Black Mountain Truck Trail is an easy to moderate off-road trail near Ramona, California, that brings you from the picturesque Pamo Valley to striking views at the peak of Black Mountain, in Cleveland National Forest.
The 6.8-mile trail climbs 2,965 feet from the valley to the peak, with an average grade of 8.7 percent. It’s steep (with over a 30 percent grade in places) and some portions of the road are vertigo-inducing.
A truck, Jeep, or SUV with good clearance should be able to handle the terrain. This is one of the mellower off-road trails in San Diego, and a good trail for beginning off-roaders. If it has rained recently, the trail may be muddy and slippery which adds to the difficulty.
Speaking of rain, the National Forest Service often closes the road (with a big metal gate) after rains to prevent erosion and damage to the soft, muddy road. Make sure to check with the Palomar Ranger District Office, which manages the trail. You can also check the Forest Service’s list of local road closures here.
Black Mountain Truck Trail Details
Owned by the City of San Diego, the floor of Pamo Valley is leased for cattle grazing and much of the valley floor is fenced off. San Diego’s Coast to Crest trail passes through the valley and its grazing pastures. The surrounding mountains are managed by the National Forest Service and regional Native American tribes.
Temescal Creek flows through Pamo Valley and confluences with Santa Ysabel Creek, which comes into the valley from the East. The area is home to many native species of plants and animals, and you may see deer, foxes, snakes, coyotes, bobcats, and many different birds.
Black Mountain Truck Trail, which starts in the valley, is particularly popular among off-road enthusiasts but is also used by mountain bikers and hikers. The trailhead is located off Pamo Road (GPS: 33.140487, -116.850088), about 4.5 miles north of Ramona. The large metal gate at the trailhead is locked closed when the trail is closed, typically as a result of rainy weather.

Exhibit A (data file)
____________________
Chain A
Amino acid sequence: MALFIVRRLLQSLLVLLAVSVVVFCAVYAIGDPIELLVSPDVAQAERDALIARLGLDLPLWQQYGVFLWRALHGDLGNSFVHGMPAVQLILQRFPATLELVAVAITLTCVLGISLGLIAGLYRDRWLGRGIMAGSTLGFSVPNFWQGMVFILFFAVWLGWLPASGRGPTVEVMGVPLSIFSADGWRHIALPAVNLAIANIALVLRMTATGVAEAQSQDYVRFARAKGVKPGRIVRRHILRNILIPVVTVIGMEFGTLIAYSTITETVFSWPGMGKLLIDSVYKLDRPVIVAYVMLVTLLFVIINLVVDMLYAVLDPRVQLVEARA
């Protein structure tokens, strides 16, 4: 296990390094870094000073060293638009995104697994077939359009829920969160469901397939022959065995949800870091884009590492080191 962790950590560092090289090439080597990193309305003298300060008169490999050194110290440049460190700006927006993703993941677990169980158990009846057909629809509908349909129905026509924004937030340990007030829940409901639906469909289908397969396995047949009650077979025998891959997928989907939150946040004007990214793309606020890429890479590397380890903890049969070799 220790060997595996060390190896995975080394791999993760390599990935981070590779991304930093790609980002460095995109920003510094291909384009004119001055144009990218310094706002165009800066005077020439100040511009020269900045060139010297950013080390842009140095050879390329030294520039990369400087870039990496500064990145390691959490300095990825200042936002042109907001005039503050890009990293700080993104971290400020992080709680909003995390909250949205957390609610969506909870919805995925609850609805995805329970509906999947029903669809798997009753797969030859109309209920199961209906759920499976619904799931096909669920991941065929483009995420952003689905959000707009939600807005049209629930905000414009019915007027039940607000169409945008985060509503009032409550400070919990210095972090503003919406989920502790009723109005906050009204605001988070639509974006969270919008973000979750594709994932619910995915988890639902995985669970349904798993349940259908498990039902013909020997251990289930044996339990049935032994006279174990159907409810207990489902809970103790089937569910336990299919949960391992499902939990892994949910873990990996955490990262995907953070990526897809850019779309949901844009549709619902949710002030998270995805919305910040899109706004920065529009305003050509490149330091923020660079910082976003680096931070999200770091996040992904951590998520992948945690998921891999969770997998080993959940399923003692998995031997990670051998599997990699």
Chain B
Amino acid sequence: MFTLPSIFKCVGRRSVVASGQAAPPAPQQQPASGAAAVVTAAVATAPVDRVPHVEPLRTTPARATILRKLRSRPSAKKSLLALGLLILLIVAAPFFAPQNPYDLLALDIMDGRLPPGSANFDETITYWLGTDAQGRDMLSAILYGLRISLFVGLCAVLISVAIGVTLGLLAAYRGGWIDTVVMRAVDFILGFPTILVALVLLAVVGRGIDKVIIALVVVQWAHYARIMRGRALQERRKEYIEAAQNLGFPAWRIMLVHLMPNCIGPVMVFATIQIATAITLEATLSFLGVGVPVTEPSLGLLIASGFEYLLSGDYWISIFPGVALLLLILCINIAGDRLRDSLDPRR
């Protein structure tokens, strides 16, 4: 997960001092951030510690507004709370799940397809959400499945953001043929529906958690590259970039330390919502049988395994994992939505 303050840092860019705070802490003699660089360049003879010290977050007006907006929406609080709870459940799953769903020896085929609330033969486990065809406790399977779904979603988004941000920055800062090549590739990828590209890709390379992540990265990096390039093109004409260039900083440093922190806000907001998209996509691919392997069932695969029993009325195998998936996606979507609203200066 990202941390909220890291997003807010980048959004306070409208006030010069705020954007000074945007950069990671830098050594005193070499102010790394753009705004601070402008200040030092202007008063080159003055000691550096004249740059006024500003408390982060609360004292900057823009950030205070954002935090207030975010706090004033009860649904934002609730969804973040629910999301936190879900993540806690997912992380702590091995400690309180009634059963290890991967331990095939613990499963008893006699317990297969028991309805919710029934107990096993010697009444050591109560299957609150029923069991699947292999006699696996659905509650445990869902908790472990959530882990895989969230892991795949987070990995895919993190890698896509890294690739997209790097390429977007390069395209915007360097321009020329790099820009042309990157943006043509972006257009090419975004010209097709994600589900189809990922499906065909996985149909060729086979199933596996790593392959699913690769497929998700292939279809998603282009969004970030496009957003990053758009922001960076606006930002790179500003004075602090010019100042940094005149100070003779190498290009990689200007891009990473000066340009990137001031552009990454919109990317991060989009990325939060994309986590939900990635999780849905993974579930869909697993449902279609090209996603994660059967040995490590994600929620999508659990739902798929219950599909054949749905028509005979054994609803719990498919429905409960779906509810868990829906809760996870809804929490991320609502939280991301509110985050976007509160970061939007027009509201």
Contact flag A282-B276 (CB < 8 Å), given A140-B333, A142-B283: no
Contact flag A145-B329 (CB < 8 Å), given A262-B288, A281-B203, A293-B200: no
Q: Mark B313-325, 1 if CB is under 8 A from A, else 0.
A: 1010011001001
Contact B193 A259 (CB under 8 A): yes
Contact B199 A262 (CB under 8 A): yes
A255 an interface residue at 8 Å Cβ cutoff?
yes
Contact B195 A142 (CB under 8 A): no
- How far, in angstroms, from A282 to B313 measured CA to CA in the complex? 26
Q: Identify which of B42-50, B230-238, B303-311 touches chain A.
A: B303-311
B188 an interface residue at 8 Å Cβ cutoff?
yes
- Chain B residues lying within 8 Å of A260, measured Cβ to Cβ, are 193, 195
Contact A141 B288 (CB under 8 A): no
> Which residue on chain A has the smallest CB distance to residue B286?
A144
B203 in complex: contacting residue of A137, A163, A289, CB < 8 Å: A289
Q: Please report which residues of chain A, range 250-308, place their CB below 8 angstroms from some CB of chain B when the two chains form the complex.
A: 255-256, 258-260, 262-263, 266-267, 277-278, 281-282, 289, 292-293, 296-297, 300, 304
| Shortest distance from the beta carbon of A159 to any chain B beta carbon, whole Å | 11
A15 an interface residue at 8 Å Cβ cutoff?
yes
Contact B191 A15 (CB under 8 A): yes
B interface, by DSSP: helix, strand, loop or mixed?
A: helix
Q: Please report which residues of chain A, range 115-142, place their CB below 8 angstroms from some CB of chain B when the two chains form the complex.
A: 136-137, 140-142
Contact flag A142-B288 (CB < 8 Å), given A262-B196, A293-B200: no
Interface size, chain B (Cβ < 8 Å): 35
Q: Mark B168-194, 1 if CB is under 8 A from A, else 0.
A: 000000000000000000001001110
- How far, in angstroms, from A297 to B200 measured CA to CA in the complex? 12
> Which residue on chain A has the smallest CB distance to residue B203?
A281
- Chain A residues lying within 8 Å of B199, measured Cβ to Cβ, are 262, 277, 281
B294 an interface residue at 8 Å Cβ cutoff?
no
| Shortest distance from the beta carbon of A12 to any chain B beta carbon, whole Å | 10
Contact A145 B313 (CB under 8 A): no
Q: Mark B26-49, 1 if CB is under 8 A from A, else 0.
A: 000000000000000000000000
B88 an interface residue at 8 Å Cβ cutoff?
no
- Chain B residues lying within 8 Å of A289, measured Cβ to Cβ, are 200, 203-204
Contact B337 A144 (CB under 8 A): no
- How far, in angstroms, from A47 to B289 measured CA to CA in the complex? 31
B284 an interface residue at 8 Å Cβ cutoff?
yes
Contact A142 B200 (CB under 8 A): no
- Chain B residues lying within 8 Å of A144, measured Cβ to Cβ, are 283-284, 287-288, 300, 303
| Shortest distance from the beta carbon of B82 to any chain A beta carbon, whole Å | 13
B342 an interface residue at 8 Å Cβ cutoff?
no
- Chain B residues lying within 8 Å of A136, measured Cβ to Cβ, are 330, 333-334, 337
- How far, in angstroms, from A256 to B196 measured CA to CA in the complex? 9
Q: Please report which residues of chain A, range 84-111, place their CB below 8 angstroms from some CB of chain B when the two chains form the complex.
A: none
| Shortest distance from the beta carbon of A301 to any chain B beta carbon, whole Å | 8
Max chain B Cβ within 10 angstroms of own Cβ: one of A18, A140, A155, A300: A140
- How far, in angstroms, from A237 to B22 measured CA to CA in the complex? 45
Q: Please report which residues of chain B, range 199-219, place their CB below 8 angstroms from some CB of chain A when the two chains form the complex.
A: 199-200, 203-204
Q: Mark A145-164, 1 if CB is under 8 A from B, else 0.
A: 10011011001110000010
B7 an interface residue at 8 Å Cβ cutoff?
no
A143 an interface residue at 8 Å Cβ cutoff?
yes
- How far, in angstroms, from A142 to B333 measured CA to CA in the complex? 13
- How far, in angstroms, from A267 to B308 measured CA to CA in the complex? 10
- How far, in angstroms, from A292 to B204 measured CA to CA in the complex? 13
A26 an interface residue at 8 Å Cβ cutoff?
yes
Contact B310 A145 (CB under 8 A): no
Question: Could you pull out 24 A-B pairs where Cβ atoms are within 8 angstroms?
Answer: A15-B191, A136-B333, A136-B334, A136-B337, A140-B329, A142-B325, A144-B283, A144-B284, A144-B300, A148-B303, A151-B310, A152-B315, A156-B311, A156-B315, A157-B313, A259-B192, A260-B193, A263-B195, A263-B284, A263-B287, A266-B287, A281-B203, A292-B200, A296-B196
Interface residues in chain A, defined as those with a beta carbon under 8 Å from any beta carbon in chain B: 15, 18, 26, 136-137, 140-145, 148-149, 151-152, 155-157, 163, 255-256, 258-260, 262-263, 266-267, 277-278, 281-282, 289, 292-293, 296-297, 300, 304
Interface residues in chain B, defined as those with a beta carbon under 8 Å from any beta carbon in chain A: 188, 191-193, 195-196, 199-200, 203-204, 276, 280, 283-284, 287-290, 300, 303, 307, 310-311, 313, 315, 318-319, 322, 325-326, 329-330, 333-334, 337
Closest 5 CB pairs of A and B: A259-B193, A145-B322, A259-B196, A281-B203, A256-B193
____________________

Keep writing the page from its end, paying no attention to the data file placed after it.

The climb starts gradually and become steeper as it climbs Black Mountain. The trail winds through chaparral and a few oak groves, with sage, yucca, cactus and low shrubs bordering the road. About 1.8 miles from the trailhead, you’ll come to a fork. The left fork continues north on Black Mountain Truck Trail and the right bends east on Santa Ysabel Truck Trail, another fun trail in the area.
The Black Mountain trail winds along the slopes of the mountain, at times crossing cattle grates that were presumably to keep cattle from climbing too high into the mountains. At a number of points along the way, the trail is narrow enough that you’ll need to look for a wide spot to pass if you encounter another vehicle headed in the opposite direction. In places, the narrow shoulder of the trail drops precipitously and you may find yourself gripping the steering wheel a bit tighter.
For hard-core off-roaders, there isn’t much in the way of technical wheeling here to get excited about. There are a few steep banks to play on near the Santa Isabella Truck Trail fork, and one steep and fairly challenging optional section that cuts off a switchback further up the mountain.
As you near the top of Black Mountain, you’ll begin to see pine trees and other plants more common to alpine ecosystems. At the peak, there is a clearing for parking near a stand of tall pines that runs along the summit ridge. This is a great place to have a picnic and take in the panoramic views of Pamo Valley to the west and the Mesa Grande Tribal reservation to the east.
There are some short hiking trails to explore that head both ways along the summit ridge from the parking area.